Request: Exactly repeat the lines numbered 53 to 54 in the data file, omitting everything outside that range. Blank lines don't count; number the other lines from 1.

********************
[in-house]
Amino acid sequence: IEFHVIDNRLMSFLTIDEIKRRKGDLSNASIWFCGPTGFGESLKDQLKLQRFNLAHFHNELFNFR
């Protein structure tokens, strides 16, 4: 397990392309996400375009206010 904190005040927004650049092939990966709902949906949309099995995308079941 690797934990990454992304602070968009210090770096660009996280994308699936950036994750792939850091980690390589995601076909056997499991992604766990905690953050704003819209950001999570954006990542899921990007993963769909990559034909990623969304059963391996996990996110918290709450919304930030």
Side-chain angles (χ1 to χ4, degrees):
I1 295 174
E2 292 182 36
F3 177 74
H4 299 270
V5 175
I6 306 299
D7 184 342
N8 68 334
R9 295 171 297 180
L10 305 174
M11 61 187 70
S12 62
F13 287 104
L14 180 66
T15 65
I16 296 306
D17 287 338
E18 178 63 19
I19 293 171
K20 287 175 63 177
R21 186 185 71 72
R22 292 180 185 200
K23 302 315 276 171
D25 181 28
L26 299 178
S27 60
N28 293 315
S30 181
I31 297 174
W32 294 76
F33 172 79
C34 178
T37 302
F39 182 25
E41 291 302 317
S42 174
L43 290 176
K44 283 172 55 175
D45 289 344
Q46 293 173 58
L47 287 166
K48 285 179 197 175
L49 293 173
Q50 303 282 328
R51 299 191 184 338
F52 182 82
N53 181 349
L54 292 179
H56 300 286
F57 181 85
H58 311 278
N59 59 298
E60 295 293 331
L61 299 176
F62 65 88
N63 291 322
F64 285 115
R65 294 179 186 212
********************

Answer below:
H56 300 286
F57 181 85